Vasylenko, Mykola

Vasylenko, Mykola [Василенко, Микола], b 14 February 1866 in Esman, Hlukhiv county, Chernihiv gubernia, d 3 October 1935 in Kyiv. Historian, legal scholar, and community and political leader; husband of Nataliia Polonska-Vasylenko. He studied medicine and then history and philology at Dorpat (now Tartu) University in 1885–90. He taught in gymnasiums in Kyiv (1892–1902), served in the Russian Ministry of Internal Affairs (1902–5), worked as a journalist and editor of Kievskie otkliki (1905–6), and coedited Kievskaia starina. He was imprisoned for his editorship of the Kievskie otkliki, and while incarcerated, took to studying law. In 1907 he graduated with a law degree from Odesa University, and he practiced law until 1917. He was elected to the Ukrainian Scientific Society in Kyiv (UNTK) in 1908, headed its historical section, and edited its Zapysky Ukrains’koho naukovoho tovarystva v Kyievi. He was also made a lecturer at Kyiv University but was barred from teaching by the government. He became a full member of the Shevchenko Scientific Society (NTSh) in 1911. He was a member of the Old Hromada of Kyiv, joined the Society of Ukrainian Progressives (TUP), and in 1910 became active in the Russian Constitutional Democratic (kadet) party.

In April 1917 Vasylenko was appointed curator of the Kyiv school district (which included Kyiv gubernia, Volhynia gubernia, Podilia gubernia, Chernihiv gubernia, and Poltava gubernia) by the Provisional Government, and that year he became an associate minister of national education in Petrograd. In January 1918 he became a member of the collegium of the Ukrainian General Court. In the Hetman government he was head of the Council of Ministers and then minister of education (until 18 October), and in August 1918 he was also made president of the State Senate. As minister of education he encouraged the formation of the Ukrainian state universities in Kyiv and Kamianets-Podilskyi (see Kamianets-Podilskyi Ukrainian State University) and the establishment of the Ukrainian Academy of Sciences (November 1918) and the National Library.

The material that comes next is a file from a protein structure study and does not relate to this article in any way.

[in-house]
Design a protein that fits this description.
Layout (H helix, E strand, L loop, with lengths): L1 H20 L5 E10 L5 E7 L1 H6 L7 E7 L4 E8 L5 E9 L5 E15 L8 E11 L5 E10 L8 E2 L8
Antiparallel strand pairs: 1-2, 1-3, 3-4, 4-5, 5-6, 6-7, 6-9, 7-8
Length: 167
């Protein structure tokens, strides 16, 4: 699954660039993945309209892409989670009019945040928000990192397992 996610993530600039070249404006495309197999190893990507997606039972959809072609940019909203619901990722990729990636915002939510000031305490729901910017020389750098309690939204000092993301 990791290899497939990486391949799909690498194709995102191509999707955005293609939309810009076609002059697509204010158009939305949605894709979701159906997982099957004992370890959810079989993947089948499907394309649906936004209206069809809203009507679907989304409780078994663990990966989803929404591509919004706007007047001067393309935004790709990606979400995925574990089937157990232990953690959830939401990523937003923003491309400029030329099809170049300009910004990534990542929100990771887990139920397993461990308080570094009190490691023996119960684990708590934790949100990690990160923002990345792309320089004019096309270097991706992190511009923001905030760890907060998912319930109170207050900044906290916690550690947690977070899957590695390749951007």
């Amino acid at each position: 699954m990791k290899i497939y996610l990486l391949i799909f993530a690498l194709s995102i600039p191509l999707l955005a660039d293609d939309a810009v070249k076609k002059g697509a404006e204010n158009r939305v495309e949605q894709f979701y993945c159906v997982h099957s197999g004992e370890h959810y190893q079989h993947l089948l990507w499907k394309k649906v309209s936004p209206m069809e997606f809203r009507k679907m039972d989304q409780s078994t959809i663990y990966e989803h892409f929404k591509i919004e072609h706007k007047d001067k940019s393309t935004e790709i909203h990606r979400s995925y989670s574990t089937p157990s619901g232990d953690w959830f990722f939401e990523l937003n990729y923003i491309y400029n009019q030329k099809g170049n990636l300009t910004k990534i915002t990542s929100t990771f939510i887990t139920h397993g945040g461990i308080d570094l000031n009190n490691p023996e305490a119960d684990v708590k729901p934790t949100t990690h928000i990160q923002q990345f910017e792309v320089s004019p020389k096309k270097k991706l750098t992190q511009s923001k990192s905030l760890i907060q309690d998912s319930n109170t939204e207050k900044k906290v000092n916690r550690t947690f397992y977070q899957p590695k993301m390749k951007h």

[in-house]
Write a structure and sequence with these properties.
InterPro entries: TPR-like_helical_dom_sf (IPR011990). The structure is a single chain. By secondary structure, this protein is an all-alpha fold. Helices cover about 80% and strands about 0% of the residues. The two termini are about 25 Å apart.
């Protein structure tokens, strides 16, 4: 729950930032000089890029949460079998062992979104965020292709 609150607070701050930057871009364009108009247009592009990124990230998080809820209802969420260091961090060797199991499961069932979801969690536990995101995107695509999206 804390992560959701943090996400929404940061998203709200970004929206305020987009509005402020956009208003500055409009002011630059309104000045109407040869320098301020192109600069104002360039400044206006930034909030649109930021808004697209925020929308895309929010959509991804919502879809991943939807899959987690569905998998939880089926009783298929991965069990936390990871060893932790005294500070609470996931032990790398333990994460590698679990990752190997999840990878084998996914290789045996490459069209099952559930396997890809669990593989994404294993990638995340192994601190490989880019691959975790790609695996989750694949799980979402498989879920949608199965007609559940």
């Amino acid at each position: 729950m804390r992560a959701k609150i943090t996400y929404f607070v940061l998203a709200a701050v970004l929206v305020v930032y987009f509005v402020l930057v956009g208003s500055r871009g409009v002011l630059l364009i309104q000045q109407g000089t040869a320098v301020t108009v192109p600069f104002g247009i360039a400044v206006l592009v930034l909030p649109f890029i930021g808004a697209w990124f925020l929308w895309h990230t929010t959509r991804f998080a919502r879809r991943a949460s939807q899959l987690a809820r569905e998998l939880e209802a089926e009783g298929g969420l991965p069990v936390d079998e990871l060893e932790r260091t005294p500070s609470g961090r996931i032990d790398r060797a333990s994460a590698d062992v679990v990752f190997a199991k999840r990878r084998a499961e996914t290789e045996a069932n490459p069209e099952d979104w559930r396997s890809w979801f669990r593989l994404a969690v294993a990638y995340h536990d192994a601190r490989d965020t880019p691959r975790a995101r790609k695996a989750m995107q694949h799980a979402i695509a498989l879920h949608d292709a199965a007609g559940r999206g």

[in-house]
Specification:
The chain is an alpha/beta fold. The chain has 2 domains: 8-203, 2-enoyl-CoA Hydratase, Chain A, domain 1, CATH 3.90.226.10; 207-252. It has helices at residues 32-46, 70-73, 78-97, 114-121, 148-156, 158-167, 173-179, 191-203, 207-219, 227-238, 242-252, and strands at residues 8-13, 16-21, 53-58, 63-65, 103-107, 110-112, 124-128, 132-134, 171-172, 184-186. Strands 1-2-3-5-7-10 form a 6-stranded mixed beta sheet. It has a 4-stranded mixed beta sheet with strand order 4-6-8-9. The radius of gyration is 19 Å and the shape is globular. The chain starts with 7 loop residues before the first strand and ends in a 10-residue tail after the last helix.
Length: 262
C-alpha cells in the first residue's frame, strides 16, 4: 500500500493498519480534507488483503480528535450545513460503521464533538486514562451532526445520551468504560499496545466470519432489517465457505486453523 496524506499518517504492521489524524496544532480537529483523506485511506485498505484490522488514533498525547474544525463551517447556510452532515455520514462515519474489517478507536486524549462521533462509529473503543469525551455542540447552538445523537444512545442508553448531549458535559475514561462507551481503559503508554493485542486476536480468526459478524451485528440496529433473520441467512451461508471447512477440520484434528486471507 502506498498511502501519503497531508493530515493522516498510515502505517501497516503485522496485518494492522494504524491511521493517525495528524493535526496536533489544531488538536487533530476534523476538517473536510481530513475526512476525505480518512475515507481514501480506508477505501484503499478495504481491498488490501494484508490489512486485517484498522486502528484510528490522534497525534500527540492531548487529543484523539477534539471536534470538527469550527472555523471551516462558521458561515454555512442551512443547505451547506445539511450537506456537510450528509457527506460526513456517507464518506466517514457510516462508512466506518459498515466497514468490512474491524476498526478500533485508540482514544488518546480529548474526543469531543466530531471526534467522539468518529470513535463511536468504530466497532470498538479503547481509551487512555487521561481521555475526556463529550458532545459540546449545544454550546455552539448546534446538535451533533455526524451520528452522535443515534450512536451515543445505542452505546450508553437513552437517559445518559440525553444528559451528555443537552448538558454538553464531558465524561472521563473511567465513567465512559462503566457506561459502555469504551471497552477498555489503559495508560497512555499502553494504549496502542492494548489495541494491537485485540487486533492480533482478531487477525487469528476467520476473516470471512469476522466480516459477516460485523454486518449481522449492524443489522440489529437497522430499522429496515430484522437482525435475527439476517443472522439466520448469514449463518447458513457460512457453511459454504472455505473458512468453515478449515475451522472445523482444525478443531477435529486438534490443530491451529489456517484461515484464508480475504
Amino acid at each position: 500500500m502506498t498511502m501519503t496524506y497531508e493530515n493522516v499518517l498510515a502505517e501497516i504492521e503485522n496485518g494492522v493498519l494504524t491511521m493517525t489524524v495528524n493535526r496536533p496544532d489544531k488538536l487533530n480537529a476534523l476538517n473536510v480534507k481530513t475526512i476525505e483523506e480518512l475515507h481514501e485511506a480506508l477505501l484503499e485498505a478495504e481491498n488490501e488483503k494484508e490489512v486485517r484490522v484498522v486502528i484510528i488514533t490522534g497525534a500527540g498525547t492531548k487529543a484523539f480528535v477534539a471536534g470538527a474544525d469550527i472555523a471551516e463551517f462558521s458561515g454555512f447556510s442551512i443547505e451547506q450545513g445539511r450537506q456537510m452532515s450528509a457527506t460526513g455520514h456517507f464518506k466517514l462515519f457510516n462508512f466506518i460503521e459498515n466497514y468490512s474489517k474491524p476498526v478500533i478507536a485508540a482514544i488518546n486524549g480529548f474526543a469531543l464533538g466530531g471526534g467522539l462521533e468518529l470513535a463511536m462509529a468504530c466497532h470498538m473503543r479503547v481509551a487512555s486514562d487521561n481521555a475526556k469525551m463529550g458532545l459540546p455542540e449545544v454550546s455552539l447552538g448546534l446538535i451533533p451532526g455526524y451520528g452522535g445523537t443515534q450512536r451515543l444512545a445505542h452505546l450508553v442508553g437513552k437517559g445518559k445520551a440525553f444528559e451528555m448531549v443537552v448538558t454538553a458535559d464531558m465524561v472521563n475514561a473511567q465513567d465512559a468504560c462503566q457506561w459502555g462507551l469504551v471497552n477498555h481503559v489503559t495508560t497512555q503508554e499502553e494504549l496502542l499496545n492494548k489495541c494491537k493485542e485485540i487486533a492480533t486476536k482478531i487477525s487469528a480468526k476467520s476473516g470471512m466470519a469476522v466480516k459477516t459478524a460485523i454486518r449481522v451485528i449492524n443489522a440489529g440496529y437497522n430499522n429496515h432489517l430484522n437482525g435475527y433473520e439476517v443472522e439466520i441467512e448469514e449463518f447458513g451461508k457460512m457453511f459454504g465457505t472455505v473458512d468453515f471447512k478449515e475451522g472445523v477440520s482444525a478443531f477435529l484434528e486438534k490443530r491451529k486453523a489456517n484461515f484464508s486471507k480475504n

In 1920 he became a full member of the VUAN, and in 1921 he was made its head, although the appointment was not confirmed by the Soviet authorities. In 1922–9 he was head of the socioeconomic division of the VUAN, as well as head of the commission for the Study of the History of Western-Ruthenian and Ukrainian Law and a member of the Archeographic Commission and the Ukrainian Historiographic Commission. In 1924 he was sentenced at a show trial to 10 years’ imprisonment but was granted amnesty. In 1929 he was barred from holding directorial positions within the VUAN.

Vasylenko’s scholarly work continued the work of Oleksander Lazarevsky in the field of general Ukrainian history and Ukrainian legal history; he undertook studies of Left-Bank Ukraine and published a host of primary documents. By the time of the Revolution of 1917 Vasylenko had already contributed significantly to the literature of his field, with numerous articles in Kievskaia starina, and Ukrainskaia zhizn’, and in the Russian encyclopedia published by Brockhaus and Efron and Ocherki po istorii Zapadnoi Rusi i Ukrainy (Studies in the History of Western Rus’ and Ukraine, 1916). Vasylenko published Materialy dlia istorii ekonomicheskogo, iuridicheskogo i obshchestvennogo byta staroi Malorossii (Materials for the Economic, Juridical, and Political Life of Old Little Russia, 3 vols, 1901–8) as well as studies on the holdings of Hadiach regiment and Kyiv regiment. His essays on such Ukrainian historians and scholars as Osyp Bodiansky, Orest Levytsky, Ivan Kamanin, Bohdan Kistiakovsky, I. Balinsky, and M. Semevsky (the editor of Kievskaia starina) are valuable historiographical sources.

In the 1920s Vasylenko headed the group of scholars who formed the VUAN Commission for the Study of the History of Western-Ruthenian and Ukrainian Law, and was editor of seven volumes of its Pratsi (1925–30) and of six volumes of Zapysky Sotsiial’no-ekonomichnoho viddilu VUAN (1923–7). The VUAN also published a number of his monographs, including Pavlo Polubotok (1925), Iak skasovano Lytovs’koho statuta (How the Lithuanian Statute Was Abolished, 1926), O.M. Lazarevs’kyi (1927), and Terytoriia Ukraïny 17-oho viku (The Territory of Ukraine in the 17th Century, 1927); ‘Zbirka materiialiv do istoriï Livoberezhnoï Ukraïny ta ukraïns’koho prava XVII–XVIII vv.’ (A Collection of Materials for the History of Left-Bank Ukraine and Ukrainian Law in the 17th and 18th Centuries), in Ukraïns’kyi arkheohrafichnyi zbirnyk, vol 1, 1926, and as a separate publication; ‘Pravne polozhennia Chernihivshchyny za pol's'koï doby, 1618–1648’ (The Legal Status of the Chernihiv Region in the Polish Era, 1618–48), in Chernihiv i pivnichne Livoberezhzhia (1928); and Materiialy do istoriï ukraïns’koho prava (Materials in the History of Ukrainian Law, vol 1, 1929).

His scholarly works were harshly criticized by the Soviet historian Serhii Ivanytsky-Vasylenko in 1932, and Vasylenko was subsequently forbidden to publish his works.

Lev Okinshevych, Arkadii Zhukovsky

[This article originally appeared in the Encyclopedia of Ukraine, vol. 5 (1993).]

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